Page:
The Agard farm, overlooking Cayuga Lake, was worked by Jesse’s husband, Arthur Agard (b:1880), and his father, John Wesley Agard (b: 1857), and then later with Art and Jesse’s son, William  Agard (b: 1914).  While the men farmed and sold crops from their many acres, Jesse lovingly tended her smaller garden that provided food for her family.  She also grew various flowers in gardens around the yard.  Jesse tends her garden in a dress – she never wore slacks. With corn growing in the back of the garden, I suspect the spiky leaves towards the front are gladiolas. 

Jesse’s sister, Adelaide Tucker, remained single and taught school in Asbury Park, NJ. During school holidays she rode the train from New Jersey to Willow Creek to spend time with her family. 

Monday, October 25, 2010

The Hale Collection - An Interesting Discovery

In a Random Act of Genealogical Kindness request, I was asked if a Lawrence Bolan who died 9 Aug 1877 in Watertown, CT was buried in Newtown’s St. Rose Cemetery near his first wife, Mary Ann Dempsey Bolan, or his second wife, Catherine Lillis Bolan.  The only Bolan in the Hale Collection index was Catherine. There was no Mary Ann or Lawrence found in the listing for St. Rose Cemetery.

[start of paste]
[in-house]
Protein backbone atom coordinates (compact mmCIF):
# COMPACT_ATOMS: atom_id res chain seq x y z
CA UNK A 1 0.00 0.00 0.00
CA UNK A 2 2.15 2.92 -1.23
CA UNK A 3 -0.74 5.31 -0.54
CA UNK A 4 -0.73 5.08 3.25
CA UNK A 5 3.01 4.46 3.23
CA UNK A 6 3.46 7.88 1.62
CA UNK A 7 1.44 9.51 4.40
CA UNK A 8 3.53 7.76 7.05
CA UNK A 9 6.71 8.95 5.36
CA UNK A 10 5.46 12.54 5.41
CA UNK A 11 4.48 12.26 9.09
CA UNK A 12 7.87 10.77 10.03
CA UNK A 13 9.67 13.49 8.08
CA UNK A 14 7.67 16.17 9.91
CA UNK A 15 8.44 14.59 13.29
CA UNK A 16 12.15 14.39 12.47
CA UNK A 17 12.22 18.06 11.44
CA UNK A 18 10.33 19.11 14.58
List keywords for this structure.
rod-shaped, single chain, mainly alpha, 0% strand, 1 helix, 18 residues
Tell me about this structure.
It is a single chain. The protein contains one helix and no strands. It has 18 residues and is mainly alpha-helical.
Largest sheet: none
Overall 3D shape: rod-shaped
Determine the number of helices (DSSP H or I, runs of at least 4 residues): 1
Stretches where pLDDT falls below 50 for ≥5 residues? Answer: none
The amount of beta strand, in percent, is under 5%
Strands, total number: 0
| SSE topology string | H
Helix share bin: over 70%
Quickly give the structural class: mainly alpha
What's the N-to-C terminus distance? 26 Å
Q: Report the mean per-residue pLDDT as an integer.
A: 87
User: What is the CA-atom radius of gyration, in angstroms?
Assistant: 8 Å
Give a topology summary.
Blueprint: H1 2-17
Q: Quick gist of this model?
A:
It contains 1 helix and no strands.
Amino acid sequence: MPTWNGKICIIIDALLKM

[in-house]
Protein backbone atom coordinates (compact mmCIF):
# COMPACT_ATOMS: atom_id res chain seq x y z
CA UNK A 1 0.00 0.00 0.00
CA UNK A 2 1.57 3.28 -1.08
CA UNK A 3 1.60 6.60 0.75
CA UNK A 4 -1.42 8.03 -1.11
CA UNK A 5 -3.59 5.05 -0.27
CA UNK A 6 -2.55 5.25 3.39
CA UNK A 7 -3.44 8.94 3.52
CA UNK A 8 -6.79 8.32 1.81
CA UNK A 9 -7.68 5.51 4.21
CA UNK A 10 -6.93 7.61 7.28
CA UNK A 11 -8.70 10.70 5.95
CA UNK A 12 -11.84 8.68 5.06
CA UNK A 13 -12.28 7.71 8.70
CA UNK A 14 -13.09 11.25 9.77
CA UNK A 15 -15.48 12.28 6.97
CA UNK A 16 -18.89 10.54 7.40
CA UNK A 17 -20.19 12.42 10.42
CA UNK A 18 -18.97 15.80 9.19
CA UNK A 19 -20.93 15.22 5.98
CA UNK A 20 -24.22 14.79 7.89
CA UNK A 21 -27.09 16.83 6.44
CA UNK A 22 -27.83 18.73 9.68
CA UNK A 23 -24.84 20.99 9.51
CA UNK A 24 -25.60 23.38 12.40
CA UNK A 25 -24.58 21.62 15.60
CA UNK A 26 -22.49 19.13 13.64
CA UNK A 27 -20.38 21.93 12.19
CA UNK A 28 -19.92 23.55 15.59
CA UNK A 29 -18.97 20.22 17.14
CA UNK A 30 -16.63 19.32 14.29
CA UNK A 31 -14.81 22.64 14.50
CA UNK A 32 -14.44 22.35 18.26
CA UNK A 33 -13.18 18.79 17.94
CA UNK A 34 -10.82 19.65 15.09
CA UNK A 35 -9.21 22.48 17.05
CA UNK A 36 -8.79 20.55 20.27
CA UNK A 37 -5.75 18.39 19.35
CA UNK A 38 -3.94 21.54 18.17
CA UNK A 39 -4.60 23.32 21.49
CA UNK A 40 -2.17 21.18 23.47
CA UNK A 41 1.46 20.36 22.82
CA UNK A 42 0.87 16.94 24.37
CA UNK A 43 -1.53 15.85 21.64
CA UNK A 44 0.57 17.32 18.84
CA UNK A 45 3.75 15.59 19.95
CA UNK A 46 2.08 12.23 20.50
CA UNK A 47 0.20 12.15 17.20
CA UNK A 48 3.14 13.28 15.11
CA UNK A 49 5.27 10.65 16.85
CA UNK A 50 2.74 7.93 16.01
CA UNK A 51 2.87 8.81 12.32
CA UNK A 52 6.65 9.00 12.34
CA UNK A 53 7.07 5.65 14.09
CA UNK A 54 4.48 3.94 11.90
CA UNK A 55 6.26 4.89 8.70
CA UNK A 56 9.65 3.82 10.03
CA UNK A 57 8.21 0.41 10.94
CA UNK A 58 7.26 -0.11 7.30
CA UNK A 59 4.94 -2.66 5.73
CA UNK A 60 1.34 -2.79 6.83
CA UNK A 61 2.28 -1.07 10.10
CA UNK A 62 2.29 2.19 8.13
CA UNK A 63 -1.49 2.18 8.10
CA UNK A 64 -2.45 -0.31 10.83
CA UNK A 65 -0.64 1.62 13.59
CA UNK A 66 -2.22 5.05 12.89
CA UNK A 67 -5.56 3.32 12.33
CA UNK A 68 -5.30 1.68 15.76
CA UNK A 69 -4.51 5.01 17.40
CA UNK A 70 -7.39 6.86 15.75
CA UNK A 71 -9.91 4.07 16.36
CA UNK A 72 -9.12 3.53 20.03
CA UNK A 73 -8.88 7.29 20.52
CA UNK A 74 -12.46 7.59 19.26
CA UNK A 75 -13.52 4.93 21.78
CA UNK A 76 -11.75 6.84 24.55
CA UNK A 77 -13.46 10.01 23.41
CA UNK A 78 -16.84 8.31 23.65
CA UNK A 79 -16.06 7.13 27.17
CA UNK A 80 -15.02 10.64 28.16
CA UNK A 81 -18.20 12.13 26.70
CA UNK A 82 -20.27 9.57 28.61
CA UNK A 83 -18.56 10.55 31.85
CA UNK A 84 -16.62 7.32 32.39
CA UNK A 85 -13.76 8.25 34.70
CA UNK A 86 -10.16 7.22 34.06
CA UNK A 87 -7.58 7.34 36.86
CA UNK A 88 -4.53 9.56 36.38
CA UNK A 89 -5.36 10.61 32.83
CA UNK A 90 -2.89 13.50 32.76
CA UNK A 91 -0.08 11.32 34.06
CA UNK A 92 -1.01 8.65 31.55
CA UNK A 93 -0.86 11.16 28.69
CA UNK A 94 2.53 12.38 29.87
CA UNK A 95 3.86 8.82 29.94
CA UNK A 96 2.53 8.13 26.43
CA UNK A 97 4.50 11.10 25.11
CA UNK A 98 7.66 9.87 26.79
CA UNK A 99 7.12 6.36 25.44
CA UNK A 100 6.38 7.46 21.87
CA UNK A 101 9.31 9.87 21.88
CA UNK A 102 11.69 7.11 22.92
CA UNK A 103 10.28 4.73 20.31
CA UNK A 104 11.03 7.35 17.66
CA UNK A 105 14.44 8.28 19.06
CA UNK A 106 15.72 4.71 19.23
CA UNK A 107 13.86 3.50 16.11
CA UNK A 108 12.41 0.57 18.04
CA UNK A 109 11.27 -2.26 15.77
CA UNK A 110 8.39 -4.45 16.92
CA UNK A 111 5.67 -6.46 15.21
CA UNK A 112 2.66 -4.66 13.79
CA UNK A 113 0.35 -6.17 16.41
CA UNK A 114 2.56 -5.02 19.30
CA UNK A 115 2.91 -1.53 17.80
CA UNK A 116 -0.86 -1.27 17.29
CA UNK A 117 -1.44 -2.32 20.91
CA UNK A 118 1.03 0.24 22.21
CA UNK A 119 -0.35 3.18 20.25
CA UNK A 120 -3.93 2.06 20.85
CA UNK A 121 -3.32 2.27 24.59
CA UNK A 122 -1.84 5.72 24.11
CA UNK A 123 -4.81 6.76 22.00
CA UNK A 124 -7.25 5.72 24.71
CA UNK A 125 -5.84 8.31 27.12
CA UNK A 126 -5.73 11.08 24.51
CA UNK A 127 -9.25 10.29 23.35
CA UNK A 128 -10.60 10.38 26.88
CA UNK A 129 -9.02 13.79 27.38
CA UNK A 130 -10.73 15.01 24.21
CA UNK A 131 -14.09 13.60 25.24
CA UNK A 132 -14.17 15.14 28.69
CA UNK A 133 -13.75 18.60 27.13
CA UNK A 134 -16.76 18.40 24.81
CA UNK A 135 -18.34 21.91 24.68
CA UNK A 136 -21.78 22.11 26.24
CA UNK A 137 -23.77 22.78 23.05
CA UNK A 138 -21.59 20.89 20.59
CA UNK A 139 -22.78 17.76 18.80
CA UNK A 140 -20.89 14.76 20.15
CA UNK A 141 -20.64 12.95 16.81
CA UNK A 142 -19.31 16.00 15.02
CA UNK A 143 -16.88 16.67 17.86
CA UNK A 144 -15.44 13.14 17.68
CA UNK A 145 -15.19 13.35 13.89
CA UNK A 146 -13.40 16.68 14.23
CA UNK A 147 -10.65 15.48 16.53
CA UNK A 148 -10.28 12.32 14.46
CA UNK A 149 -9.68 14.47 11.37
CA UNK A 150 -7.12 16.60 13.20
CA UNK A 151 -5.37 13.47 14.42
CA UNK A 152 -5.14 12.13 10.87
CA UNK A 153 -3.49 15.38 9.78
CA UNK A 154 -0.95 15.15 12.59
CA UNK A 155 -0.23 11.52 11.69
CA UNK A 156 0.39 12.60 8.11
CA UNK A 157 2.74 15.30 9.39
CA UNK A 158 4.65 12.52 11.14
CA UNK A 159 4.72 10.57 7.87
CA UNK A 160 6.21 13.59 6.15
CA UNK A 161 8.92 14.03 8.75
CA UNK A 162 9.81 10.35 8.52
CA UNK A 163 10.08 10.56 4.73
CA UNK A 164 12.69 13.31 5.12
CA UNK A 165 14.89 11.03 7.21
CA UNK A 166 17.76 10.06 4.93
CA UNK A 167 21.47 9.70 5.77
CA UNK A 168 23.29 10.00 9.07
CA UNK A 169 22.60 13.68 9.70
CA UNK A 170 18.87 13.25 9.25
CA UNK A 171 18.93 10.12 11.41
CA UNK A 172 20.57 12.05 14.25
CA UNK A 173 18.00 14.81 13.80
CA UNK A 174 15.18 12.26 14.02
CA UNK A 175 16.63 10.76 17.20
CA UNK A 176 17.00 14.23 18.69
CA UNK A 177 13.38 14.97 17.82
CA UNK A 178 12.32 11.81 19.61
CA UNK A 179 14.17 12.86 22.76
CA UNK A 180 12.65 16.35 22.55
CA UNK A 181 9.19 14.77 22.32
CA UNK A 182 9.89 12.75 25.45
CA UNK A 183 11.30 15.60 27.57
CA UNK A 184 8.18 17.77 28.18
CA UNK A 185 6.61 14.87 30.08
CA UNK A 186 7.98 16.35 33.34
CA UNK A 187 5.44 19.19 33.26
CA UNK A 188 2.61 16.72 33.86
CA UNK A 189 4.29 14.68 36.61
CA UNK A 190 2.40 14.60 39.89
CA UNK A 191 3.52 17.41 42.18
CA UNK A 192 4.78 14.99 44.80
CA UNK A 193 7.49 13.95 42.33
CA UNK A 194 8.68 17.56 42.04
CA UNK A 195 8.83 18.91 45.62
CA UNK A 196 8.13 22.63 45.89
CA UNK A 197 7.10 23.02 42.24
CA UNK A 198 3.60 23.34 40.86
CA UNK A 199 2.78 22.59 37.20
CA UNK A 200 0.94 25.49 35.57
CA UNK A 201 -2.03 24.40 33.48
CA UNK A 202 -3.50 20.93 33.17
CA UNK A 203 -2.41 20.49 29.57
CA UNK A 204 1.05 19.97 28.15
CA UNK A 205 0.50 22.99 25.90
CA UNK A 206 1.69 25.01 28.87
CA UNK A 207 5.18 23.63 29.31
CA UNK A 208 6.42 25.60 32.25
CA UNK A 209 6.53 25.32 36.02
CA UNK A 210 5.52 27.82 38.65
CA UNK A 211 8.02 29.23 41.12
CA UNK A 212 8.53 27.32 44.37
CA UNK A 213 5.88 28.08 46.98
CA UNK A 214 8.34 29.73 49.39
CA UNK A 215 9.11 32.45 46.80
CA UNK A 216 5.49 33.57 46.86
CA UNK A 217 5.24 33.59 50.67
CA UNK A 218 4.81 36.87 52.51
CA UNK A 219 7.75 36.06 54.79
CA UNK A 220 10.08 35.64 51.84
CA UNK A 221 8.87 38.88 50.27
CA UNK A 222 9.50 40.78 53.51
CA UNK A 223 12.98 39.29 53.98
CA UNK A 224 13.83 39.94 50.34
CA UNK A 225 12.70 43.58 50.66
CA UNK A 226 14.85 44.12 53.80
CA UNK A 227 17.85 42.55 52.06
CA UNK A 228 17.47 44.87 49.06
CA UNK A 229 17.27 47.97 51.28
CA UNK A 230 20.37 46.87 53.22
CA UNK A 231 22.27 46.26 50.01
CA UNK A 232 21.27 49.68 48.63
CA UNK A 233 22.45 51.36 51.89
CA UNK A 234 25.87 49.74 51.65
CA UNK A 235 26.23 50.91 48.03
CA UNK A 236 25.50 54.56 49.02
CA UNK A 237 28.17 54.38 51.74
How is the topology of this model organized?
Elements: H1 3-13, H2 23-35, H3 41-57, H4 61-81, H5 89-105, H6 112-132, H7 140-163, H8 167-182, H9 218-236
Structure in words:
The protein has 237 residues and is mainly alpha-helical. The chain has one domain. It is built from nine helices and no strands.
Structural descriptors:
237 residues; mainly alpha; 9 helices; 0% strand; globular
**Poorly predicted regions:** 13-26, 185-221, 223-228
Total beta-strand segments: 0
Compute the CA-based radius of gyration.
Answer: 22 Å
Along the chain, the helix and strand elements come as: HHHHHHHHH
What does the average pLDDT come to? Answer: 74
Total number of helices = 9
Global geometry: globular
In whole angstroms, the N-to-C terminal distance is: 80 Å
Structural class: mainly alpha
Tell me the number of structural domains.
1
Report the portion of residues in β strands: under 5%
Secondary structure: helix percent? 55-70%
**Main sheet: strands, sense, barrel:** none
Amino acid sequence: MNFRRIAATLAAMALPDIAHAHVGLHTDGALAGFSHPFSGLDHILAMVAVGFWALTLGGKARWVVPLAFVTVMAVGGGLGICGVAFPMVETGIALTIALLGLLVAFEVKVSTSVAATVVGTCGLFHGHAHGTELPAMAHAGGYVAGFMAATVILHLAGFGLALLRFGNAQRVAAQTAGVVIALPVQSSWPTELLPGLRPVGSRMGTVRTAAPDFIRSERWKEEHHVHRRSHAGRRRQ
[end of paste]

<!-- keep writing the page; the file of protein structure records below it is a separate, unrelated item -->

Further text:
The Hale Collection of Cemetery Inscriptions was a W.P.A. project that recorded headstone inscriptions of over 2,000 Connecticut cemeteries during the early-mid 1930s. The entire collection is available at the Connecticut State Library. The C.H. Booth Library in Newtown has this list for its local cemeteries.

Several years ago I had fun transcribing the Irish Tombstones in St. Rose Cemetery where the stone mentioned the parish or county the deceased was from. That database is on the Genealogy Club of Newtown website  [] and that is where Mary Ann Bolan was found by the family researcher.

A drive to the cemetery confirmed that not only was Mary Ann Bolan’s stone there, but right beside her was her husband, Lawrence.  For whatever reason the W.P.A. folks recording this cemetery missed this couple. But now they are found.

Saturday, October 23, 2010

St. Joseph's Home, Peekskill, NY